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Chinese Scientists Decoded “Panda Language” After 5 Years Of Research.

Jessa Ventures

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Learning the animal language is important just as how humans learn their own. This allows us to communicate, interact, understand and have a better relationship with these equally special creatures. There are many researches and experiments conducted in the past about decoding the language of several animals, the panda language being one of them.

After 5 years of thorough research, Chinese scientists from Wolong Panda Research Center in Sichuan Province, China have finally decoded the language of the panda, finding out the meanings of 13 giant panda vocalizations. According to them, understanding panda sounds will help them understand more about their psychological and living habits.

They also found out that “baby pandas and human babies are quite the same when it comes to basic needs.”

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Photo credit: Shanghaiist

Cubs make two distinctive sounds: “gee-gee” which means they are hungry and “coo-coo” when they are happy and satisfied. Adult pandas on the other hand, “bark” when mad and want to intimidate intruders while baby pandas make a “wow-wow sound when they are unhappy. As for the mother panda, it tweets like a bird when she is anxiously trying to find her baby.

‘When it is mating season, pandas use their own unique love language. Male pandas will issue “baa” sounds and females will “chirp” like a bird,’ professor Zhang said.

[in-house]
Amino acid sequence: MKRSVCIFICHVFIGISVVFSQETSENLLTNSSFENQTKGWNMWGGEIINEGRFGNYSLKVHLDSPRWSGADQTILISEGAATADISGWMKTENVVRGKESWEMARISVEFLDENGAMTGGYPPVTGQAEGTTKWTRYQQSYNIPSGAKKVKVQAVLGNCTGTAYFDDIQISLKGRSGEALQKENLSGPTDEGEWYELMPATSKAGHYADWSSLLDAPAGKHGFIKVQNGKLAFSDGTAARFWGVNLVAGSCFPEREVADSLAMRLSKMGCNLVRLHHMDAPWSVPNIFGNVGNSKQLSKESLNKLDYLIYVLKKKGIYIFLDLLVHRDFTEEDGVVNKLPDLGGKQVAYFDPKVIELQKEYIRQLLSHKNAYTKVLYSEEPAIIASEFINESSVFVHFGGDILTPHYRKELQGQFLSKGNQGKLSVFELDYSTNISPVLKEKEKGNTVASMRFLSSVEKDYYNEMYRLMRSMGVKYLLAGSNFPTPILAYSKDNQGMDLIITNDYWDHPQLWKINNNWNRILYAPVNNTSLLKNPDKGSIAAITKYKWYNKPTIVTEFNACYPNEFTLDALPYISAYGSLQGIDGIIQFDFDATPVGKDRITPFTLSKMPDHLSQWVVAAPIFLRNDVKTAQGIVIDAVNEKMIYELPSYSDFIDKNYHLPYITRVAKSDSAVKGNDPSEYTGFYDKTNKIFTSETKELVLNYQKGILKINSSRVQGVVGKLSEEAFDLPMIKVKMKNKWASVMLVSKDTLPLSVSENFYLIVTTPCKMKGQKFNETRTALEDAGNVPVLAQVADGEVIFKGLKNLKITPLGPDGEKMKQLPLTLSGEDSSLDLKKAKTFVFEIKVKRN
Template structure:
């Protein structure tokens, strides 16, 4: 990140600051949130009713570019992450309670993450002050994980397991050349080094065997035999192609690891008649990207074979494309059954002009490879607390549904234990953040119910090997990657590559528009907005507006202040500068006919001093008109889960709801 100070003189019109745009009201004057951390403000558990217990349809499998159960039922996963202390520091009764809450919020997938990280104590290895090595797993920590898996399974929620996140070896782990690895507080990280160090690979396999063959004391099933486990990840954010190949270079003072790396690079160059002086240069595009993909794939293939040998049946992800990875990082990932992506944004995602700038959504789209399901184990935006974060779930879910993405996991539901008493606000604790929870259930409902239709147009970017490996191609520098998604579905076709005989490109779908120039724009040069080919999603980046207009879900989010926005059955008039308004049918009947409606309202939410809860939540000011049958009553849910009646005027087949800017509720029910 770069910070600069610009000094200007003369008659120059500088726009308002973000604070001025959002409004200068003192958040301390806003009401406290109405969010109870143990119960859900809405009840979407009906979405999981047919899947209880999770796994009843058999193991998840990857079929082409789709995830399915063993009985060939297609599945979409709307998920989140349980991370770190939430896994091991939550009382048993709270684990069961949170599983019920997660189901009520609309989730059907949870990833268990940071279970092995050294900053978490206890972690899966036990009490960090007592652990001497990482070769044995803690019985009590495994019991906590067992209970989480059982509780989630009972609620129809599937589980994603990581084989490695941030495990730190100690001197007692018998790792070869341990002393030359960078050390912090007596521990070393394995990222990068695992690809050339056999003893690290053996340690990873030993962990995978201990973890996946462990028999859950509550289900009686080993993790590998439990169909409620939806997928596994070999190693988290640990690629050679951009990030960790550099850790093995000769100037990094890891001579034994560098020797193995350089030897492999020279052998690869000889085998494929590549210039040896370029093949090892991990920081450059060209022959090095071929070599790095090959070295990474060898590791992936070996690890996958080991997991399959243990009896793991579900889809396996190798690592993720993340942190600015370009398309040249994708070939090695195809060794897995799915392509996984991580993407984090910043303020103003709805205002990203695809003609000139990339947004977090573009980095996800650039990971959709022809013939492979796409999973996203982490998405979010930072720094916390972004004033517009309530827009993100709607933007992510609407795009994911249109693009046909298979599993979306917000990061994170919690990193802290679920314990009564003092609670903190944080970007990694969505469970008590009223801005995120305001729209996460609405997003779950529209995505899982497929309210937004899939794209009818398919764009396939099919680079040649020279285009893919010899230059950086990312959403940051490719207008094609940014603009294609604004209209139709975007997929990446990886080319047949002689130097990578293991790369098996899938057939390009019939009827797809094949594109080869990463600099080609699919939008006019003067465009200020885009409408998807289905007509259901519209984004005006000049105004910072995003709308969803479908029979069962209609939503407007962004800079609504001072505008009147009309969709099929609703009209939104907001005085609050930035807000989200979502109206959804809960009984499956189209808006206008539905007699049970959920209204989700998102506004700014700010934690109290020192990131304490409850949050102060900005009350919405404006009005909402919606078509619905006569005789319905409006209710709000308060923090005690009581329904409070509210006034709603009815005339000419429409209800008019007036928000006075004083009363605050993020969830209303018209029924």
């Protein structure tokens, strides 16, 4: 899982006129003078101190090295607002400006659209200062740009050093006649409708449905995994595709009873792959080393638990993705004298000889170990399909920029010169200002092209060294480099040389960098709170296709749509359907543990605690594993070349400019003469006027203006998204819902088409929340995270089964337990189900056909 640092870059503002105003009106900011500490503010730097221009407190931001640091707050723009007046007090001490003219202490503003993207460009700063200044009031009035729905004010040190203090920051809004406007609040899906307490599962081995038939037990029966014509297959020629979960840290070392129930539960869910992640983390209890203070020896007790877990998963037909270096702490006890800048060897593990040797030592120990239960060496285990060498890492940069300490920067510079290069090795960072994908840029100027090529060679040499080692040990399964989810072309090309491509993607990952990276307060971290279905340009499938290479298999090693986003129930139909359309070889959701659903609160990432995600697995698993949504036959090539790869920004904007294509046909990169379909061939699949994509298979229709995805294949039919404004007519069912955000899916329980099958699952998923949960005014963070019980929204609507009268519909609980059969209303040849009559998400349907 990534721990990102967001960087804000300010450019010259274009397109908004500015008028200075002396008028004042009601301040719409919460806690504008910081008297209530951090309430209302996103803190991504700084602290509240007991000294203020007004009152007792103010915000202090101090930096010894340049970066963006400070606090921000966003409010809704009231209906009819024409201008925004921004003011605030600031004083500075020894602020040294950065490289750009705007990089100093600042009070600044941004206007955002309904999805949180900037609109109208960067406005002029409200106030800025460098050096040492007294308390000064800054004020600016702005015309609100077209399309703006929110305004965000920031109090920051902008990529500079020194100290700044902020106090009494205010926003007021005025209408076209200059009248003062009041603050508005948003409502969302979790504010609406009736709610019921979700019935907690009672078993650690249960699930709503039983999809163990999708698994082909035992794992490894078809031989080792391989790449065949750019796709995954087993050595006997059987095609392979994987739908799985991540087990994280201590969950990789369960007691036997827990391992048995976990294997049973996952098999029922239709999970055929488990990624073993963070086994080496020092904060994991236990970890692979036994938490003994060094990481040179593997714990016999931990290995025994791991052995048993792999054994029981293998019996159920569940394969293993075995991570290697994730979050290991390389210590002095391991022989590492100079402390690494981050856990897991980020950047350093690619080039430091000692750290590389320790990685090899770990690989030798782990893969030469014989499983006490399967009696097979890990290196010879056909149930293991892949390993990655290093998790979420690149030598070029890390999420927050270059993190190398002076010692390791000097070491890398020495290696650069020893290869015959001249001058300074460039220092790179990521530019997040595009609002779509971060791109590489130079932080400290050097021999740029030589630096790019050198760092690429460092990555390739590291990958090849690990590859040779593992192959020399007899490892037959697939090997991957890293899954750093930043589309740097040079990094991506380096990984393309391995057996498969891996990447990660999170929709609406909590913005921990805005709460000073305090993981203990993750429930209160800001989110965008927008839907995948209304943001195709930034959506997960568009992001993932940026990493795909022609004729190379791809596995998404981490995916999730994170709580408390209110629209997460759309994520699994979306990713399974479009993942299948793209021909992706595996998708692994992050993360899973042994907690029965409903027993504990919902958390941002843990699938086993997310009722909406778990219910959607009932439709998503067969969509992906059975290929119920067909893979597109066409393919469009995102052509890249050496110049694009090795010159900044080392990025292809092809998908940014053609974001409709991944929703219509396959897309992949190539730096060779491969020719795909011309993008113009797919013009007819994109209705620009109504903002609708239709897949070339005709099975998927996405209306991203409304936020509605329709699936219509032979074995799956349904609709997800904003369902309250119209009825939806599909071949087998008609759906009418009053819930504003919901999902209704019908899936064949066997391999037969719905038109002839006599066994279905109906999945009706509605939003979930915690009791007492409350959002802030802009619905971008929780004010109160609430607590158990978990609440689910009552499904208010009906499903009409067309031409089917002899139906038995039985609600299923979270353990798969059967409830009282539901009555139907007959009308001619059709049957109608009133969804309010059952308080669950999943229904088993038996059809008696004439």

The experiment was first introduced in 2010 by the center’s director, Zhang Hemin.

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Photo credit: Shanghaiist

They were able to translate some panda language through the recordings and spectrum analysis. The said study of panda linguistics will still continue at the research center in China to get a better understanding of the precise meaning of panda sounds.

“We understand them at feeding, courtship, nursing babies, and emotions from different scenarios,” Zhang said.

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Photo credit: Shanghaiist

“Pandas in the growth process are very similar to humans, they like to be with their mother. It’s during this time they also learn to speak. They slowly learn roaring, barking, wailing, screaming and other intense sounds,” Zhang added.

Meanwhile, the center is also hoping to develop a “panda translator” using voice-recognition. As for these cuddly and adorable giants, there are only over 1,800 left of them in the wild while more than 300 are living in captivity in conservation centers and zoos. Their population increased nearly 17% over the last decade.

H/T: Shanghaiist, Daily Mail

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